The ISM’s1 US manufacturing surveys are widely recognized gauges of economic health. They’ve taken us on a ride in recent months.
It started in December, when the Manufacturing Index fell a large 4.5 percentage points to 54.3. The drop coincided with a volatile month in the markets and seemed to confirm fears about slower growth.
Then January brought good news. The index reading was solidly expansionary, rebounding to 56.6. Market consensus had expected a further decline, so the surprise gain was welcome.
But January also brought bad news. Despite the bounce, the January reading was the lowest in the past 17 months (except for December 2018). Manufacturing is showing some age. Fed rate hikes, oil price fluctuations, weakness in major trading partners, and protectionism have taken a toll. The month-long federal shutdown didn't help.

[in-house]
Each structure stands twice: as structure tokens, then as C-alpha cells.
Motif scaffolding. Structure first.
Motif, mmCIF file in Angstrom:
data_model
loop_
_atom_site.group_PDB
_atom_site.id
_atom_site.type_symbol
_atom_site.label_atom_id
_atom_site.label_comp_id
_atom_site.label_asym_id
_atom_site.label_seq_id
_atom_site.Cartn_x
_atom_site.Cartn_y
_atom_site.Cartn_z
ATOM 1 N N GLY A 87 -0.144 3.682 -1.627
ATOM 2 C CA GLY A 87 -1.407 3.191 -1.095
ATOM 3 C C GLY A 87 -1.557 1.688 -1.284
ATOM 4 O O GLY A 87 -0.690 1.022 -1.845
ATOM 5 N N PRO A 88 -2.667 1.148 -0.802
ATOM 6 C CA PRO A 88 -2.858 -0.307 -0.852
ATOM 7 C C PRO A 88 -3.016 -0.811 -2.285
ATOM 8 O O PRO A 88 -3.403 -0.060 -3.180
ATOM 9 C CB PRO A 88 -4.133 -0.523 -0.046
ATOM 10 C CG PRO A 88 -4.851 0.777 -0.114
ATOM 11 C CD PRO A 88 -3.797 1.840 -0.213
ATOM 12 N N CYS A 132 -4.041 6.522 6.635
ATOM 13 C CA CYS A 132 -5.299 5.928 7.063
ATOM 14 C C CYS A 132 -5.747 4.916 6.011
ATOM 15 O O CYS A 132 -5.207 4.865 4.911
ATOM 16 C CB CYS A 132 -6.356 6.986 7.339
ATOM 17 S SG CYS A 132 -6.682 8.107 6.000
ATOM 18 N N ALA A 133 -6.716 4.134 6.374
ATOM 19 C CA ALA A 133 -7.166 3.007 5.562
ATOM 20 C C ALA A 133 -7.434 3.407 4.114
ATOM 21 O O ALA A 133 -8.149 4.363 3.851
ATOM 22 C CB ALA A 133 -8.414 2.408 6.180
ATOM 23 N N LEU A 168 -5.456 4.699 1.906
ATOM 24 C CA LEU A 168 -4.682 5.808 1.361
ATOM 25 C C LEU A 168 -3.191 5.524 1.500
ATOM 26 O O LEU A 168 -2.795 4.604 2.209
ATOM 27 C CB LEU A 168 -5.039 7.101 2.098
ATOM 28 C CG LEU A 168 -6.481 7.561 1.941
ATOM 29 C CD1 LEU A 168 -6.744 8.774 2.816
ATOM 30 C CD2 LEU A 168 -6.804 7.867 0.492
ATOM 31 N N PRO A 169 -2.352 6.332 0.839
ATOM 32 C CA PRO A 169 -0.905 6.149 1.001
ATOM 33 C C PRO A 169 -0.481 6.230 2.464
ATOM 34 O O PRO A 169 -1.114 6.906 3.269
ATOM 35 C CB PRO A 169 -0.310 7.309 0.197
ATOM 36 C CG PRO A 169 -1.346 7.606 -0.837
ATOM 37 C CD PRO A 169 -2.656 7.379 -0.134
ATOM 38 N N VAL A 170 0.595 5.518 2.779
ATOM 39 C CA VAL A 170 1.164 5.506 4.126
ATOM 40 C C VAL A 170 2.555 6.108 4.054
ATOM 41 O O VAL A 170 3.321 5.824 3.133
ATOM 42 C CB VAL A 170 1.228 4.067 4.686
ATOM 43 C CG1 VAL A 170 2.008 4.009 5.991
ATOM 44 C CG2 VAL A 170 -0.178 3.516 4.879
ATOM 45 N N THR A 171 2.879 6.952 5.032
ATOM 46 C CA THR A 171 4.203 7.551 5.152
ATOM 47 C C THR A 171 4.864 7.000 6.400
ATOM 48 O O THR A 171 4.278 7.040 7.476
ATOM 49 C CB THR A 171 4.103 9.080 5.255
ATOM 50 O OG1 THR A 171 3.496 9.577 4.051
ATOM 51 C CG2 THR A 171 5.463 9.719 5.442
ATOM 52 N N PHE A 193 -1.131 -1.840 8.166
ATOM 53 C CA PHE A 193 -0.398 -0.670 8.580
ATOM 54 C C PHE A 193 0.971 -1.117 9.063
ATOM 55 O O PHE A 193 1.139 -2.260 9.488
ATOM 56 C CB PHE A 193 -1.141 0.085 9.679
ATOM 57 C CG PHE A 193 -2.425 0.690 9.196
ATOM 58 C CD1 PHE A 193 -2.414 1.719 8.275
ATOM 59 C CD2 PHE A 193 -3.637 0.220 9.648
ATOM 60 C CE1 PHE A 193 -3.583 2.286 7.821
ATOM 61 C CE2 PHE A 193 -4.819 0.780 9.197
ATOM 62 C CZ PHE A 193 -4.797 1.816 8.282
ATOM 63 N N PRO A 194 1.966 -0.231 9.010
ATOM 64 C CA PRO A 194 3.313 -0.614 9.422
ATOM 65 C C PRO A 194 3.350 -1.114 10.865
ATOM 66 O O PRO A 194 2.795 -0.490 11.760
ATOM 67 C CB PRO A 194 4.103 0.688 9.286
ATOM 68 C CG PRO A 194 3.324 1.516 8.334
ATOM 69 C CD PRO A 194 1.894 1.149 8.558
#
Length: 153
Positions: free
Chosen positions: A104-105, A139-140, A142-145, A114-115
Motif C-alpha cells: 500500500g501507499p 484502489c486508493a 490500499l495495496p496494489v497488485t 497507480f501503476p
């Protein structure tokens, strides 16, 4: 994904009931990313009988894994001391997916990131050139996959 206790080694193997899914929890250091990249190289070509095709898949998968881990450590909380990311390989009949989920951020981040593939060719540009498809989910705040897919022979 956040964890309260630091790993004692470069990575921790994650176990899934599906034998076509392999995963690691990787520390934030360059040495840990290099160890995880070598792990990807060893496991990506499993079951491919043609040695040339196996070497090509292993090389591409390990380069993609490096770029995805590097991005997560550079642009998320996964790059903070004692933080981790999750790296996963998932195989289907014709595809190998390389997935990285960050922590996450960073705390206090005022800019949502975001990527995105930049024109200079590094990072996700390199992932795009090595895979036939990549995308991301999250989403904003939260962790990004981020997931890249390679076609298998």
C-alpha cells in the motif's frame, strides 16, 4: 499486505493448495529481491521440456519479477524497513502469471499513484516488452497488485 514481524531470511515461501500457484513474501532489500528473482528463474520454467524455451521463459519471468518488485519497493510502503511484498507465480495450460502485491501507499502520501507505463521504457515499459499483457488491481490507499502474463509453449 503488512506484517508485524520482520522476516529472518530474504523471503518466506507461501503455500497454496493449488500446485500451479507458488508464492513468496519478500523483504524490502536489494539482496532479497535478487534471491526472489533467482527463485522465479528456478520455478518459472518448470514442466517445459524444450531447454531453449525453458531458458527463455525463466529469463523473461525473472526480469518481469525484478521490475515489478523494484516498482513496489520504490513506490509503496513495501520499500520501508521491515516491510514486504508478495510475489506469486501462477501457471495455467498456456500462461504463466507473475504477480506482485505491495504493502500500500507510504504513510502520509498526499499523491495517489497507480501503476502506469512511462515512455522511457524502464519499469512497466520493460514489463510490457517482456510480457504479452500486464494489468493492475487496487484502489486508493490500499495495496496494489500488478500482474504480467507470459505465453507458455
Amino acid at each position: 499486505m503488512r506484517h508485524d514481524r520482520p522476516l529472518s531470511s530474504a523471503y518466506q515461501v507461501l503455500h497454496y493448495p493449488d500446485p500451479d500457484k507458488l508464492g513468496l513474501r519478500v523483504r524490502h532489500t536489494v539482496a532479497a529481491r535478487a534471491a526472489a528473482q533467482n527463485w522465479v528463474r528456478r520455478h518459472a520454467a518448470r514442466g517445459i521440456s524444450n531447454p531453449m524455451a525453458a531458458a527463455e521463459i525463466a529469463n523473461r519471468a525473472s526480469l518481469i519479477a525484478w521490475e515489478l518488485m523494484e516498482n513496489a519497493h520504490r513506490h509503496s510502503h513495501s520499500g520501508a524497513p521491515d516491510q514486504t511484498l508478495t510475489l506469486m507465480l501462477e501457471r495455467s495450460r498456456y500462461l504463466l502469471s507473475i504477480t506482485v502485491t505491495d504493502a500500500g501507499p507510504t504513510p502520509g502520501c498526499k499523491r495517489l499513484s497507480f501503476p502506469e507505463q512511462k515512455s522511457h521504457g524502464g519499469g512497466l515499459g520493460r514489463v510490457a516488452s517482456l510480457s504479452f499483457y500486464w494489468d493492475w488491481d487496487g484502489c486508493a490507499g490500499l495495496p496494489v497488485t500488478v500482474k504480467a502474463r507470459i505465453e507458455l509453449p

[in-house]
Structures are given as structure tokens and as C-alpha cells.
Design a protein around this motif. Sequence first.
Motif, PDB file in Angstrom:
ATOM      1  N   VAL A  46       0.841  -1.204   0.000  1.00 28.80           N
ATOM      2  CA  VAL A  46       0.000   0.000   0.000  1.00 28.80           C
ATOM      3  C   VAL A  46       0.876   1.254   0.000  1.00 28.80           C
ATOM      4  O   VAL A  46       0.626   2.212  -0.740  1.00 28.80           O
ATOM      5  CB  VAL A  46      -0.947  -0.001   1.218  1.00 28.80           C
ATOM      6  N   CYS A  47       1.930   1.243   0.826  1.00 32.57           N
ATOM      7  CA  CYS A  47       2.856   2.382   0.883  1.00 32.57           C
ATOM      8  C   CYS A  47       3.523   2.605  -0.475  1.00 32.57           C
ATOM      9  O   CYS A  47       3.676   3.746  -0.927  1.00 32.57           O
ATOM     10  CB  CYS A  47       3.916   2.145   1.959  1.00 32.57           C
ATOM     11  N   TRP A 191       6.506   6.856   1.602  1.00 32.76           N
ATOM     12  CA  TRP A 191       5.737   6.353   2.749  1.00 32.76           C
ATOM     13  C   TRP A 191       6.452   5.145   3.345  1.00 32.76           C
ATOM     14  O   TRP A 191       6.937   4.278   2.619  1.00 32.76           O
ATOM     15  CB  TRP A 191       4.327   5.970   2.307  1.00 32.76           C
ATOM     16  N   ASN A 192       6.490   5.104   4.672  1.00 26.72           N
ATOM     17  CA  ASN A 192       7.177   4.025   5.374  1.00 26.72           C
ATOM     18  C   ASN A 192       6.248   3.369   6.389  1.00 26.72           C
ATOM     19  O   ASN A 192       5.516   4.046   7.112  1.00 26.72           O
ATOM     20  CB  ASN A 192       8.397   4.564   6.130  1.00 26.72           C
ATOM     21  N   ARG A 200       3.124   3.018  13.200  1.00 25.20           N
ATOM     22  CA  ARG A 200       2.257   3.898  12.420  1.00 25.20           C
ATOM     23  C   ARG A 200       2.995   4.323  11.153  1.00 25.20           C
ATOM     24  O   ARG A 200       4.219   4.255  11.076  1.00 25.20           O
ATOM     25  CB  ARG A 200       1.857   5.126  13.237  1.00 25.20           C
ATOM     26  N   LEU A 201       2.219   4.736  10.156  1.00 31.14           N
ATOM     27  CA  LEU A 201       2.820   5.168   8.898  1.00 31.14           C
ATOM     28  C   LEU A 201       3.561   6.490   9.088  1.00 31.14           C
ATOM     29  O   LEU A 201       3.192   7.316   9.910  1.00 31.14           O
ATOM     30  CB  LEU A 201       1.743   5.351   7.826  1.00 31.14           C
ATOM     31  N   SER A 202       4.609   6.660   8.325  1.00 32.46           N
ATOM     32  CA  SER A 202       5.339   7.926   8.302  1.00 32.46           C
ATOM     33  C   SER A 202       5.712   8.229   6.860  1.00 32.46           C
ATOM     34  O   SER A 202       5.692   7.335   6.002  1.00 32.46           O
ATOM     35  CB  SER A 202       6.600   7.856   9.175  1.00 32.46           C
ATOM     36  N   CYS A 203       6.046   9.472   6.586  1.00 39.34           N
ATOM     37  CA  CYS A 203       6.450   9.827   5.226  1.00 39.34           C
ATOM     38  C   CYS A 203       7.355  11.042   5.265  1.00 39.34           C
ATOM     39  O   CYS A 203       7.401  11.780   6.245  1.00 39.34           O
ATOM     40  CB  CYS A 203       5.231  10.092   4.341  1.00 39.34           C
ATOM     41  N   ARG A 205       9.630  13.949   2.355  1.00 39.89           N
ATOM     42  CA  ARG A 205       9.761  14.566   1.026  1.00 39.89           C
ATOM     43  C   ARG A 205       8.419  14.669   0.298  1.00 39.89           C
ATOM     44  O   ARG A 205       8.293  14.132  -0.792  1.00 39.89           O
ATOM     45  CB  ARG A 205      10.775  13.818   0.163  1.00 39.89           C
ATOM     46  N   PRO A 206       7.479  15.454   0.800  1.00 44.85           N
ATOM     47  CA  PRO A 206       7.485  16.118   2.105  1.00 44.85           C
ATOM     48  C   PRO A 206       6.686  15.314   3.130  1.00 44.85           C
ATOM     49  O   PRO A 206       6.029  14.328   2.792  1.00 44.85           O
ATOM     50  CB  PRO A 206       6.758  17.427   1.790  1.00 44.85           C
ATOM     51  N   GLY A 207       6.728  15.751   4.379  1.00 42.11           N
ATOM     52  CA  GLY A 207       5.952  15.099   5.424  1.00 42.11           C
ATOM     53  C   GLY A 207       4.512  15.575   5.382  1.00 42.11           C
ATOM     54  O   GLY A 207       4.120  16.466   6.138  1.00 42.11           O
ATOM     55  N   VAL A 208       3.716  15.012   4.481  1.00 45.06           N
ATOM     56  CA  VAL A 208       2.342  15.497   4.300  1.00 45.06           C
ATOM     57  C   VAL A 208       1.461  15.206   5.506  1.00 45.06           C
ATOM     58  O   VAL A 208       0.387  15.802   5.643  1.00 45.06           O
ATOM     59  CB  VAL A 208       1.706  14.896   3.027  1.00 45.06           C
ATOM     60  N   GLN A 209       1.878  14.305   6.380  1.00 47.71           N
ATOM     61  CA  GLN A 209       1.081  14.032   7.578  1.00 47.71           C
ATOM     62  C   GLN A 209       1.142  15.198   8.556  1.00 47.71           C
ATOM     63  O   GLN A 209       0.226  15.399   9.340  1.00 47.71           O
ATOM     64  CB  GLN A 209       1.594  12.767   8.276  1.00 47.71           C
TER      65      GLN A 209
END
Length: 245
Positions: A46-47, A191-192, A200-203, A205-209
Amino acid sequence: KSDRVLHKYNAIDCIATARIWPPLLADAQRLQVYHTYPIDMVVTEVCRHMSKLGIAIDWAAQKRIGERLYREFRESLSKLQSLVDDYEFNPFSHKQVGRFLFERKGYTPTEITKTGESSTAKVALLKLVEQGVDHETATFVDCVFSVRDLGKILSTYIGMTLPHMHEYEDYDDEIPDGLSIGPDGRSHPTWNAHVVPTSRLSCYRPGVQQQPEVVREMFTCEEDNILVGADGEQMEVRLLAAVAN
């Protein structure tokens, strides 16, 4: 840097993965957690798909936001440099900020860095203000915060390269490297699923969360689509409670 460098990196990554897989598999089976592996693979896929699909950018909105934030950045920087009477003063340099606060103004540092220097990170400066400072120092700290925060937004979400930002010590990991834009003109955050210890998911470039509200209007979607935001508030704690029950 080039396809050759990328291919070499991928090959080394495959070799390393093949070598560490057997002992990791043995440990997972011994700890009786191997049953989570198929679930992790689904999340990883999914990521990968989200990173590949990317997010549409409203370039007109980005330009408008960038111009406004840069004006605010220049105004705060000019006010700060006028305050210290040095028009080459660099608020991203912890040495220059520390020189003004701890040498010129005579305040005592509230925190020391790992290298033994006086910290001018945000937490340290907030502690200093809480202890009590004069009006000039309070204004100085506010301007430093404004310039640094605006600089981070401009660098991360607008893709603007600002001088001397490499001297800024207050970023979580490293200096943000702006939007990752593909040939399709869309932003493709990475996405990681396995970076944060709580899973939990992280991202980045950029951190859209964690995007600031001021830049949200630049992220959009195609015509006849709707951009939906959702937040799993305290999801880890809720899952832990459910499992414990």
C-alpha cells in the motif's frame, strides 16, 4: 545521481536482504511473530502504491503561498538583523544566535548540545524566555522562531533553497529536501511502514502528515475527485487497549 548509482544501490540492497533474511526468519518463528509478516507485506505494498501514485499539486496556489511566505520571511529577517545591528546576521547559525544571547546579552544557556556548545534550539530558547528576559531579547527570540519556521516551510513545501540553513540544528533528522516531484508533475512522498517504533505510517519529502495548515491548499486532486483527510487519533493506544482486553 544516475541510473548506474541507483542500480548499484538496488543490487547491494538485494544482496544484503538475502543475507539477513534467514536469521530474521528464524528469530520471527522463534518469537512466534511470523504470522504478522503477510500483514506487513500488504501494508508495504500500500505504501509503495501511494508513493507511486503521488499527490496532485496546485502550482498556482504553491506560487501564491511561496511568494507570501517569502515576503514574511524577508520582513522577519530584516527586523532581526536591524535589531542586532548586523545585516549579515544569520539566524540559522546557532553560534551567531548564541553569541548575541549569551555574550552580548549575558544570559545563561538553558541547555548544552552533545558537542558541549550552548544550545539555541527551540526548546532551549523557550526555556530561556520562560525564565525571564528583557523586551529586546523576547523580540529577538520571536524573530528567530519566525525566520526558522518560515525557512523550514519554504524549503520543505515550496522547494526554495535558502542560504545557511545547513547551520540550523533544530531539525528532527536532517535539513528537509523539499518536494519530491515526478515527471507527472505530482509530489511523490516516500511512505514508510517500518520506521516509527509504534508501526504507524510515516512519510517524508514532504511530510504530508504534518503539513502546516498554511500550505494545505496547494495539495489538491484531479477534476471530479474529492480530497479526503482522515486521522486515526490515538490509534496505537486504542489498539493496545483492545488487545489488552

As for the ugly, that came courtesy of a separate index—the New Export Orders Index. It worries me that New Export Orders fell from 52.8 to 51.9 in January, a two-year low and just barely expansionary. It is no news that major trading partners are shaky, and the US dollar is relatively strong. Exports got hit.
It would help a lot if the US weren't doing so much of the heavy lifting in keeping the world economy afloat. It is hard to be optimistic about the trade deficit.
This blog post is provided for informational purposes only and should not be construed as investment advice. Any opinions or forecasts contained herein reflect the subjective judgments and assumptions of the authors only and do not necessarily reflect the views of Loomis, Sayles & Company, L.P. This information is subject to change at any time without notice.
1 Institute for Supply Management